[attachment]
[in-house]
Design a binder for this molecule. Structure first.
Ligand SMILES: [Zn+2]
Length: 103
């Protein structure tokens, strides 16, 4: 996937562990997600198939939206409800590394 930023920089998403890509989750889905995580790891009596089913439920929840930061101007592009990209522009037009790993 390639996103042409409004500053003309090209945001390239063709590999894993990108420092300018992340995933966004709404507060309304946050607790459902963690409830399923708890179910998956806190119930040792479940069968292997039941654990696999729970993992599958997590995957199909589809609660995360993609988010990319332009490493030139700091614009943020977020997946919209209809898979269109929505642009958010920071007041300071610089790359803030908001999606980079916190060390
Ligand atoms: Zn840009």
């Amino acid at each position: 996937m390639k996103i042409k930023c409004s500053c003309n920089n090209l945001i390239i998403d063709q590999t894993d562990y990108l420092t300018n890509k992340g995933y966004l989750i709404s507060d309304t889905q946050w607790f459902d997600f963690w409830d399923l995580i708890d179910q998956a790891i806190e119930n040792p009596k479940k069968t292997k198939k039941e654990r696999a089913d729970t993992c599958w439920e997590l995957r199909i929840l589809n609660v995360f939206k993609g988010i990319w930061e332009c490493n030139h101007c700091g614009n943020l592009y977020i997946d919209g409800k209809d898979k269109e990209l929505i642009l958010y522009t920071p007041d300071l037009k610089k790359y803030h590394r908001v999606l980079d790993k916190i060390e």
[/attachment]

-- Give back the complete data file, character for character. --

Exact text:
[in-house]
Design a binder for this molecule. Structure first.
Ligand SMILES: [Zn+2]
Length: 103
């Protein structure tokens, strides 16, 4: 996937562990997600198939939206409800590394 930023920089998403890509989750889905995580790891009596089913439920929840930061101007592009990209522009037009790993 390639996103042409409004500053003309090209945001390239063709590999894993990108420092300018992340995933966004709404507060309304946050607790459902963690409830399923708890179910998956806190119930040792479940069968292997039941654990696999729970993992599958997590995957199909589809609660995360993609988010990319332009490493030139700091614009943020977020997946919209209809898979269109929505642009958010920071007041300071610089790359803030908001999606980079916190060390
Ligand atoms: Zn840009």
């Amino acid at each position: 996937m390639k996103i042409k930023c409004s500053c003309n920089n090209l945001i390239i998403d063709q590999t894993d562990y990108l420092t300018n890509k992340g995933y966004l989750i709404s507060d309304t889905q946050w607790f459902d997600f963690w409830d399923l995580i708890d179910q998956a790891i806190e119930n040792p009596k479940k069968t292997k198939k039941e654990r696999a089913d729970t993992c599958w439920e997590l995957r199909i929840l589809n609660v995360f939206k993609g988010i990319w930061e332009c490493n030139h101007c700091g614009n943020l592009y977020i997946d919209g409800k209809d898979k269109e990209l929505i642009l958010y522009t920071p007041d300071l037009k610089k790359y803030h590394r908001v999606l980079d790993k916190i060390e």